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Tron Legacy : Reimaging
Tron Legacy Reimagining
Following the salvation of The Grid from the tyranny of the Master Control Program, Kevin Flynn returned to the real world, becoming CEO of the ENCOM computer company. He designs a number of the world's most successful games based on his supposed exploits (he refers to them as 'dreams') in cyberspace. The most often occurring character in these and the most popular for gamers is the stalwart warrior program Tron.
His son Sam is enamored by his father's work, his stories of the world of Tron, and dreams the impossible dream of visiting The Grid. His father actually promises that one day he'll take him there.
It turns out to be the last words Kevin has with his son before he vanishes from the face of the Earth.
Sam grows up, somewhat embittered by his father's leaving him and his mother, but finding confidence in his father's old hobby of motorbike maintenance. He is incredibly rich but entirely irresponsible, preferring to live in a retrofitted garage and rarely
Tron Awakening: Chapter 1 WIP0264 hours, December 21, --- (Grid Calendar)/
Inside The Grid, Outlands, Prima's hideout
A door slid silently open and soft footsteps padded against a flat surface. Then a female voice spoke softly. "How is he?"
There was a deep sigh, male this time, and a deep gruff voice replied. "He's still unconscious, but we were able to stabilize his vital signs... He's in the recovery stage now..."
A moment of silence, excluding the soft humming of a mechanism in the background.
The feminine voice spoke again. "Do you really think he's... a system monitor?"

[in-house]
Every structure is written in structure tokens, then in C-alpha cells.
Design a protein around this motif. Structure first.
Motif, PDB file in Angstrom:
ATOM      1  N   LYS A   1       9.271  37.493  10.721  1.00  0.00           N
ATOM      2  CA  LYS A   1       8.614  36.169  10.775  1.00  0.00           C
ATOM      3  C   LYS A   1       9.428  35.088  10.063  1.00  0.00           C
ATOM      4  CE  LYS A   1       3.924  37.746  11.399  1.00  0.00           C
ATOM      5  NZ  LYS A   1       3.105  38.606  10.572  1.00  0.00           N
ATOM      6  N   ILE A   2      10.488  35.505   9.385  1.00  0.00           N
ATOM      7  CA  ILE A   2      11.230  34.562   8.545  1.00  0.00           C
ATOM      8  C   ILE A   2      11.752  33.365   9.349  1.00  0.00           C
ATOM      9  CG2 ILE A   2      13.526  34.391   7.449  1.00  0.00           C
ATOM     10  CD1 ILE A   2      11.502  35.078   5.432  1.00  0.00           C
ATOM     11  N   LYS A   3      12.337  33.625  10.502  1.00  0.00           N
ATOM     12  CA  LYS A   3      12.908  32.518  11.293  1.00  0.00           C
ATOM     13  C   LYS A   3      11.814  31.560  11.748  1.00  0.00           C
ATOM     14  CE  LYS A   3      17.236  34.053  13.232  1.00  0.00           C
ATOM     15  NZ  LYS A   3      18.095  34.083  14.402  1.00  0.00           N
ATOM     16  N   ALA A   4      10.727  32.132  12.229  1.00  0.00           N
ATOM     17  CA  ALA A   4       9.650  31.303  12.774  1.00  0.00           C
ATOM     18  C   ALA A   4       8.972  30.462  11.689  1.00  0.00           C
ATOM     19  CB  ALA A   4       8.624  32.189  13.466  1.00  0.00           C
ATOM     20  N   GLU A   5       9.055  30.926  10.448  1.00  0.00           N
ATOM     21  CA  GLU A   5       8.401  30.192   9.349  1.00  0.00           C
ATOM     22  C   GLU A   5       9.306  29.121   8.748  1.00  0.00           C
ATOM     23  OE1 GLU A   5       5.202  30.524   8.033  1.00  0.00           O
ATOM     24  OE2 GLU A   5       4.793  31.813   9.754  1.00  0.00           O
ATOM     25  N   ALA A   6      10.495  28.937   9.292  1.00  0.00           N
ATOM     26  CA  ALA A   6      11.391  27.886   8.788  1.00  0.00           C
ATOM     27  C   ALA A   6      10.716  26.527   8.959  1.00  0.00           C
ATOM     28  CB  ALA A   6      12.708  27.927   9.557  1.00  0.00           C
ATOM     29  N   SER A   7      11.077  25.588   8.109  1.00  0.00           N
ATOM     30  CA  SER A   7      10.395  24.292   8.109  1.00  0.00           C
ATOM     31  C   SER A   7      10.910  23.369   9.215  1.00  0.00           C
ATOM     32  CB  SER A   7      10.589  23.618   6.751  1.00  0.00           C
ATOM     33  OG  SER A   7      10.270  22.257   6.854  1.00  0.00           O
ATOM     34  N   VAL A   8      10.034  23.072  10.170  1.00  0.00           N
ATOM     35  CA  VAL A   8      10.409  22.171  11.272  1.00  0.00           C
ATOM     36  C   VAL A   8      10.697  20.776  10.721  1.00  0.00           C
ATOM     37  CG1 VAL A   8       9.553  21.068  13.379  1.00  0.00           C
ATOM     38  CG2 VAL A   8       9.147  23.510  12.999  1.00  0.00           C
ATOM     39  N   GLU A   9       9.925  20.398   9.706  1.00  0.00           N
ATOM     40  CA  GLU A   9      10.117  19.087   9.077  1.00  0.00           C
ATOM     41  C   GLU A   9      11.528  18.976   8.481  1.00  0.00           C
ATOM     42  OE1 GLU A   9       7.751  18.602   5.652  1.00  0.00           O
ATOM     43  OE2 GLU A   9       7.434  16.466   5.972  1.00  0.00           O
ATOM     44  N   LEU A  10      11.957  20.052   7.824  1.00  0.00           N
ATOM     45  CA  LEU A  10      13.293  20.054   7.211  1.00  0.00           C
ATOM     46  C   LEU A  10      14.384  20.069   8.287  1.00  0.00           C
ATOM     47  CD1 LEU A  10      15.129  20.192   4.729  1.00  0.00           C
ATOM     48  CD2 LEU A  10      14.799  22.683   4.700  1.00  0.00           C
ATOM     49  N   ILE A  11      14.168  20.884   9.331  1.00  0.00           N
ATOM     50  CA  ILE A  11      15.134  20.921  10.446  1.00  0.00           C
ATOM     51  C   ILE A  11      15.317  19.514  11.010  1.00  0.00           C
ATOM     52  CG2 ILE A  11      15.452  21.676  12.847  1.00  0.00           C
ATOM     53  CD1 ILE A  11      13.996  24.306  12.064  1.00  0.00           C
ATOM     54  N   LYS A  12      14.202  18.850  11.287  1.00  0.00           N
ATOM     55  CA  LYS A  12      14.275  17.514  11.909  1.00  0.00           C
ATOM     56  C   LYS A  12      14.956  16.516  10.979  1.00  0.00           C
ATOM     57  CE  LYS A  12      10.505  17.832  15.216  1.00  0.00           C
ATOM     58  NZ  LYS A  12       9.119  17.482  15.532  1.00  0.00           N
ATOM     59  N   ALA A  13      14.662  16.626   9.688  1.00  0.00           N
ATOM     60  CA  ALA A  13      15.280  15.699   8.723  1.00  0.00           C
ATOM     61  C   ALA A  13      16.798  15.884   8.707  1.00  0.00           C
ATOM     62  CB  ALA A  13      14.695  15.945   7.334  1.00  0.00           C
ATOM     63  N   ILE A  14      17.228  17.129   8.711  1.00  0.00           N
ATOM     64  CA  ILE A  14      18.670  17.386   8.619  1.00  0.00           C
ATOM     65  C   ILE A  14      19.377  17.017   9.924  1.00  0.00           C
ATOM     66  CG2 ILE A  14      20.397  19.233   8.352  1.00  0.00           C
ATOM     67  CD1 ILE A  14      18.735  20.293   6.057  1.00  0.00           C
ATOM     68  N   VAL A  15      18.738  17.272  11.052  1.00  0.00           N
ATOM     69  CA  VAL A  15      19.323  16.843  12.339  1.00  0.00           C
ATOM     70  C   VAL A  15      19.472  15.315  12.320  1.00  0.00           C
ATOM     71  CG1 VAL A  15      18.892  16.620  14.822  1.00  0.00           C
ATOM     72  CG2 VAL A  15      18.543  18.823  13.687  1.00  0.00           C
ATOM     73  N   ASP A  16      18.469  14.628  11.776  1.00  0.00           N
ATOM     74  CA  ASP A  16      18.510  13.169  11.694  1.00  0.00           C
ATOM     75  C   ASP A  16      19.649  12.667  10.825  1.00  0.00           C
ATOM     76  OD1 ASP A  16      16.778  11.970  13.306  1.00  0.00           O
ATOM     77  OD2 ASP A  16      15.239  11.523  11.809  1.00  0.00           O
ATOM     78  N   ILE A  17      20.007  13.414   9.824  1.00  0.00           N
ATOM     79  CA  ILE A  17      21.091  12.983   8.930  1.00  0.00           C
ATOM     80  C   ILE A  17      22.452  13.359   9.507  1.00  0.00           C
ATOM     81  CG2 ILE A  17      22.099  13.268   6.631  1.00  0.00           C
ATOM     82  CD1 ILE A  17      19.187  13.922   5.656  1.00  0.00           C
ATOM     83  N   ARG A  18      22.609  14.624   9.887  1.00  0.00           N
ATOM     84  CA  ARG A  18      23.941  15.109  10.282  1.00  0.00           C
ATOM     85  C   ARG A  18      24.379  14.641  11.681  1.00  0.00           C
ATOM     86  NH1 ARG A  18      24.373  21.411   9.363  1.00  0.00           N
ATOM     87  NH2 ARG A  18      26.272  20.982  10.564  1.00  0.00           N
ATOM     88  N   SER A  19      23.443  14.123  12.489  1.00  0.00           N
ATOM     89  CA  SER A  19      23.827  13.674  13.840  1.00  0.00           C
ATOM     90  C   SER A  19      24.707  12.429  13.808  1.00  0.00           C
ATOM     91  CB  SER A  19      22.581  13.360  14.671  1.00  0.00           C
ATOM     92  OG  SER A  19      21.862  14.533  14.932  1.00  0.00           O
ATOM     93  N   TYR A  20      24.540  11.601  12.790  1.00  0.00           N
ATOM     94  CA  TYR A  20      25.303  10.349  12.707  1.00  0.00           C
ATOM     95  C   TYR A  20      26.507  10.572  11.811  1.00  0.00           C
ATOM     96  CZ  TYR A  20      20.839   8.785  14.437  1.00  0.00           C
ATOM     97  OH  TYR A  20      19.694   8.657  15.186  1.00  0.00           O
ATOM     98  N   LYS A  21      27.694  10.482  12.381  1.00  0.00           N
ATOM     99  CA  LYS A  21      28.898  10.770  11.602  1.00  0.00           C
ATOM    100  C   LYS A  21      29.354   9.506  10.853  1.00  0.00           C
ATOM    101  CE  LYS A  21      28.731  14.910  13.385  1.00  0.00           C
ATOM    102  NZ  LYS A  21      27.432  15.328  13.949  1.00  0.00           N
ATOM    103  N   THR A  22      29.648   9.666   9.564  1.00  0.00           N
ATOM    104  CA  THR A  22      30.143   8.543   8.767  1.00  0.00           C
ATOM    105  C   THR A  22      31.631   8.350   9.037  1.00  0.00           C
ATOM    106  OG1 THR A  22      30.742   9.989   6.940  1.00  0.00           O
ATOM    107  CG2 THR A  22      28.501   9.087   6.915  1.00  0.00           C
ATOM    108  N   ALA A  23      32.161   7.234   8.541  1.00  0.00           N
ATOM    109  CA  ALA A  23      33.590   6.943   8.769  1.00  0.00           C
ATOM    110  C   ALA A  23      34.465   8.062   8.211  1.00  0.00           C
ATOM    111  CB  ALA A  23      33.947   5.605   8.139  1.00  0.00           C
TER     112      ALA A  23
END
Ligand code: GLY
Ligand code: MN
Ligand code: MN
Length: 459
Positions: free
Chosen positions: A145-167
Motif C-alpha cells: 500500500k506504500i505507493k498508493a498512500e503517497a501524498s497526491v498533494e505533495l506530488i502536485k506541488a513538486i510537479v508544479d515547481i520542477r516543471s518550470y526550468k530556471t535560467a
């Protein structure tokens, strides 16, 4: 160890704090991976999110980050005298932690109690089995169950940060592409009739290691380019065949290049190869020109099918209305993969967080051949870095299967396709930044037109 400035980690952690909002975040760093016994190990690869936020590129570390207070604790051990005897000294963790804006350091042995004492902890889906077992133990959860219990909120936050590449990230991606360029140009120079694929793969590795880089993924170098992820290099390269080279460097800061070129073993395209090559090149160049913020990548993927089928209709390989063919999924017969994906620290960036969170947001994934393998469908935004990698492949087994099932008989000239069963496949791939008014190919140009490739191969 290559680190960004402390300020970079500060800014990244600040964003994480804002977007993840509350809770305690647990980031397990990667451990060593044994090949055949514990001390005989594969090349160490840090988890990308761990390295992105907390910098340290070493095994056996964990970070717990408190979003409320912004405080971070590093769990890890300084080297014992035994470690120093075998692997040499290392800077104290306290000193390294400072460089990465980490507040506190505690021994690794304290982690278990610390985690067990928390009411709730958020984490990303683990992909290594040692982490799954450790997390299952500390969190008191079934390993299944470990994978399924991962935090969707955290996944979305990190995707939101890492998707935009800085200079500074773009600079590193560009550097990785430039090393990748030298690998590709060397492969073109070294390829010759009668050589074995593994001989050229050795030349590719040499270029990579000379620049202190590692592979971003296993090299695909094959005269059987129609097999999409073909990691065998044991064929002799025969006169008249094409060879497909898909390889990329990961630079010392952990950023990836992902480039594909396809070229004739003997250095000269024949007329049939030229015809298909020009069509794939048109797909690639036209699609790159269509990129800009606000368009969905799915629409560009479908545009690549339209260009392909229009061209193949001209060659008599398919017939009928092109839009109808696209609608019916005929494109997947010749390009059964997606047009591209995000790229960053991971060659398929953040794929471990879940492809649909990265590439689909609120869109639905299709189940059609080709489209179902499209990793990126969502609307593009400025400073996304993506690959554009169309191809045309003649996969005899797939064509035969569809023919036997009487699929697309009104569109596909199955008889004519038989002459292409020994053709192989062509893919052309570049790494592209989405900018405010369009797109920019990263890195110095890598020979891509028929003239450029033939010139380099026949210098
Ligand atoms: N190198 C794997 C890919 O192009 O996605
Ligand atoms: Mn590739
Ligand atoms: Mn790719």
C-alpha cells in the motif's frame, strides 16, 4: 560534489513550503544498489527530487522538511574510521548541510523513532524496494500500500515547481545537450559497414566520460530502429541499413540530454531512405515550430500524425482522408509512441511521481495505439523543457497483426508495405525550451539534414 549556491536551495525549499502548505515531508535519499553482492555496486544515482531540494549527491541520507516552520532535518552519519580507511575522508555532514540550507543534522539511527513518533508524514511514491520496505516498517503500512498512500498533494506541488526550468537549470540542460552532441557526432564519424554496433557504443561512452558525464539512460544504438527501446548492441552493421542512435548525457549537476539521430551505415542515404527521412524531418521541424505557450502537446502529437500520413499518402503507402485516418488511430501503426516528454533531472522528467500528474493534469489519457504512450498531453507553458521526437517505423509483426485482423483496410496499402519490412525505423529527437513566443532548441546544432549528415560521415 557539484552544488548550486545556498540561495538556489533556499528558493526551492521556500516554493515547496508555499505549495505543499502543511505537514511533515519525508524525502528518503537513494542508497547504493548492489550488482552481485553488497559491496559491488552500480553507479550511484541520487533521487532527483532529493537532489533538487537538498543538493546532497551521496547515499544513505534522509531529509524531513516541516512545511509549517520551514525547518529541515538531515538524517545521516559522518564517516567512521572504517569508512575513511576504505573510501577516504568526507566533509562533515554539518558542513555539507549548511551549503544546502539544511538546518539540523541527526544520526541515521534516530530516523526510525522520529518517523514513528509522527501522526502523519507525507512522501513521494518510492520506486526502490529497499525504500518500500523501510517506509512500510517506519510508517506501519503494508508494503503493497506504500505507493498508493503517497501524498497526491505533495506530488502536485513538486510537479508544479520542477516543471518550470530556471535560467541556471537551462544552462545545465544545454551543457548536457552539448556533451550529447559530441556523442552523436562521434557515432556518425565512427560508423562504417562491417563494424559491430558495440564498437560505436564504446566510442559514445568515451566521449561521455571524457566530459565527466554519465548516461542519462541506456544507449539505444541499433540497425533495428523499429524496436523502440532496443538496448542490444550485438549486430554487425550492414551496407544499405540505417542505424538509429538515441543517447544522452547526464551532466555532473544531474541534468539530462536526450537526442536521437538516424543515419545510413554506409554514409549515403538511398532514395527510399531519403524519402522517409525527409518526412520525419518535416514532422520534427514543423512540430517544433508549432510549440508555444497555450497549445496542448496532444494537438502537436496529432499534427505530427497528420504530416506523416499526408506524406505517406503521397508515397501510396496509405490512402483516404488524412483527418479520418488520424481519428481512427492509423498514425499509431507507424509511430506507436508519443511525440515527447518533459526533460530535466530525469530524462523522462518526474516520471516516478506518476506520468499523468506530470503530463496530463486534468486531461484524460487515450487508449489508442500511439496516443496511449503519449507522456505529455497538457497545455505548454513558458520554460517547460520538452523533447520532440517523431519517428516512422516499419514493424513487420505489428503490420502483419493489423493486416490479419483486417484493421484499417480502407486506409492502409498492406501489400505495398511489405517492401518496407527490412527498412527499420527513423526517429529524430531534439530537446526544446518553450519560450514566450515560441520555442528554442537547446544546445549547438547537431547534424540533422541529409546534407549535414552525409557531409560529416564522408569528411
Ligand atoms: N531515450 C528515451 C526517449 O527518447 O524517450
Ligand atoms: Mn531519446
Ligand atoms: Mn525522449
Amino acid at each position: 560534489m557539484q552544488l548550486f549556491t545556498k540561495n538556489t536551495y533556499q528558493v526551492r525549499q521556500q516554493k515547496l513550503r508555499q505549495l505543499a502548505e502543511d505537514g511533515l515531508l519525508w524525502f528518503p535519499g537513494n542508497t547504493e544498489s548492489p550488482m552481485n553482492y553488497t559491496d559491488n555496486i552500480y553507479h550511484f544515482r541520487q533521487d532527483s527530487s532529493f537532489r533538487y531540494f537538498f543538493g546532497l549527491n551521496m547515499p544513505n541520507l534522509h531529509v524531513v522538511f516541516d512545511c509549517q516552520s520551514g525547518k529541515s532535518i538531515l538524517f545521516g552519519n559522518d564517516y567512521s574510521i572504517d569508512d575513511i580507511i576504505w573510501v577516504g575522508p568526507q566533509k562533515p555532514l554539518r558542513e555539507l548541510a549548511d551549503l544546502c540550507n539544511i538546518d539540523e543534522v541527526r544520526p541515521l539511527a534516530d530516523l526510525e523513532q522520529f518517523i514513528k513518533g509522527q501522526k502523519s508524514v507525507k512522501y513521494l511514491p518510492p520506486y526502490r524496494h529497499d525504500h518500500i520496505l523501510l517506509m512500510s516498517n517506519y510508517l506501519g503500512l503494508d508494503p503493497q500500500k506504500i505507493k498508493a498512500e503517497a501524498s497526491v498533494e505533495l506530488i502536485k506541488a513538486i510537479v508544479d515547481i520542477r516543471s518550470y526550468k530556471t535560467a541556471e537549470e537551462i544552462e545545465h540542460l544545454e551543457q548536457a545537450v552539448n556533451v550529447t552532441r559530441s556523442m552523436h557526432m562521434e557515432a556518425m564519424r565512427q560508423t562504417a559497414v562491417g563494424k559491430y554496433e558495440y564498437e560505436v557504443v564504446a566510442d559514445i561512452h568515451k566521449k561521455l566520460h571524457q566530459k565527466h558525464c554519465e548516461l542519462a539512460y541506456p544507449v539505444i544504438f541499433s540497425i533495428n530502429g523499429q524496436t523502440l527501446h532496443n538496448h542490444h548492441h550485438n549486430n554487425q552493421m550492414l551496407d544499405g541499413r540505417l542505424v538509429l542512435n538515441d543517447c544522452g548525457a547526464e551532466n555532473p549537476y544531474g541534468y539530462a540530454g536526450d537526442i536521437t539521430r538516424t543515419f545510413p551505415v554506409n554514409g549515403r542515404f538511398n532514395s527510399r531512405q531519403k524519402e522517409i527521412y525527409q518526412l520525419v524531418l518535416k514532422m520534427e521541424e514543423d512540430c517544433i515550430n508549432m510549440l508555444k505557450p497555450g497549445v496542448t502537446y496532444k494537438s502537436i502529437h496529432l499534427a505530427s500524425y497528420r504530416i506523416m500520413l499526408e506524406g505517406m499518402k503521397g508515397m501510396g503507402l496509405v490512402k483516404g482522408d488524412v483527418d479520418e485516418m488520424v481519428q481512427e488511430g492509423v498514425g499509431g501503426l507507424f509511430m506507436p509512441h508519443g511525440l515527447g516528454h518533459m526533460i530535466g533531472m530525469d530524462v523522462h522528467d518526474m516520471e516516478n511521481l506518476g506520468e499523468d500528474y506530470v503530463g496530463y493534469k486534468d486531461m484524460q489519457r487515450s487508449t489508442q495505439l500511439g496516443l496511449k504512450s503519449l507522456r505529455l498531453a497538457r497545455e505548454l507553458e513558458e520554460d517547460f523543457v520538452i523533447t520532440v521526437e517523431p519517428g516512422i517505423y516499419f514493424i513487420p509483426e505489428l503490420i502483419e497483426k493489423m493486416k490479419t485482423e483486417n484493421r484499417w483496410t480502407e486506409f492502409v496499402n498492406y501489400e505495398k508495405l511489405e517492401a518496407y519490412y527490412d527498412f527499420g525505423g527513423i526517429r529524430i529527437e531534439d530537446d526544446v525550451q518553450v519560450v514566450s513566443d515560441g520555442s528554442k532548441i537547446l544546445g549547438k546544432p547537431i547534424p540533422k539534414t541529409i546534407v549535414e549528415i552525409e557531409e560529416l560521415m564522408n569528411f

"Hard to tell." another man's voice spoke; this time, it sounded younger, "I thought the last syste
Teenage TaoismGiving birth is the closest I’d ever felt to dying.
Before that, my near death experiences had consisted only of my silent announcement of pregnancy—silent, being that my social media accounts were all deleted almost simultaneously and I never returned to school in the fall, saying without really saying that I had caught the malicious disease of “teenage pregnancy”. I’m sure the whisper spread in the hallways like the Bubonic Plague. That September, sitting at home on what would have been the first day of my senior year, I imagined friends I’d never talk to again saying “she was only seventeen, and so full of life!” at my absence in the cafeteria tables, as if they were attending my funeral instead of talking about me behind my back.
"Full of life," I had snorted then, folding a never ending stream of what had once been my own baby clothes. "Literally."
I walked around like a zombie for the months of my pregnancy, deciding t
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